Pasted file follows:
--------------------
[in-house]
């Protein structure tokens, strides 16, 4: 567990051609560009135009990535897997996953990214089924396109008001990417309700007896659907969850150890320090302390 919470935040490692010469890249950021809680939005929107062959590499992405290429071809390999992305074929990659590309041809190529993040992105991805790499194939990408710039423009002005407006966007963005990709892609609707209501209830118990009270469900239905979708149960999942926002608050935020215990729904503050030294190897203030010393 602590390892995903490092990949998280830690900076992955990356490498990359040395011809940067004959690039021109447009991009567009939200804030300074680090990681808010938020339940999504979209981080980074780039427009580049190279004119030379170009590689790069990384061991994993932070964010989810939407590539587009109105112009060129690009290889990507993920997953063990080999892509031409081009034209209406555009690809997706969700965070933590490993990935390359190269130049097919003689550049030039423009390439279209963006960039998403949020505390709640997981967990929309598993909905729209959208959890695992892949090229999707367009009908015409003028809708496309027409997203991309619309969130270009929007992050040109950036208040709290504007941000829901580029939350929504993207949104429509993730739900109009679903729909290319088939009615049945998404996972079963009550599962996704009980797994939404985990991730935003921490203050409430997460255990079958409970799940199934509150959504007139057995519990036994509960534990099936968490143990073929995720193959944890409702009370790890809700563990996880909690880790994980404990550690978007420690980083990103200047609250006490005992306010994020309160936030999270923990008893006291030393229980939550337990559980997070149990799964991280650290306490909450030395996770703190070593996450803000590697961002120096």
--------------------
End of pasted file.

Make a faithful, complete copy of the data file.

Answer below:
[in-house]
């Protein structure tokens, strides 16, 4: 567990051609560009135009990535897997996953990214089924396109008001990417309700007896659907969850150890320090302390 919470935040490692010469890249950021809680939005929107062959590499992405290429071809390999992305074929990659590309041809190529993040992105991805790499194939990408710039423009002005407006966007963005990709892609609707209501209830118990009270469900239905979708149960999942926002608050935020215990729904503050030294190897203030010393 602590390892995903490092990949998280830690900076992955990356490498990359040395011809940067004959690039021109447009991009567009939200804030300074680090990681808010938020339940999504979209981080980074780039427009580049190279004119030379170009590689790069990384061991994993932070964010989810939407590539587009109105112009060129690009290889990507993920997953063990080999892509031409081009034209209406555009690809997706969700965070933590490993990935390359190269130049097919003689550049030039423009390439279209963006960039998403949020505390709640997981967990929309598993909905729209959208959890695992892949090229999707367009009908015409003028809708496309027409997203991309619309969130270009929007992050040109950036208040709290504007941000829901580029939350929504993207949104429509993730739900109009679903729909290319088939009615049945998404996972079963009550599962996704009980797994939404985990991730935003921490203050409430997460255990079958409970799940199934509150959504007139057995519990036994509960534990099936968490143990073929995720193959944890409702009370790890809700563990996880909690880790994980404990550690978007420690980083990103200047609250006490005992306010994020309160936030999270923990008893006291030393229980939550337990559980997070149990799964991280650290306490909450030395996770703190070593996450803000590697961002120096």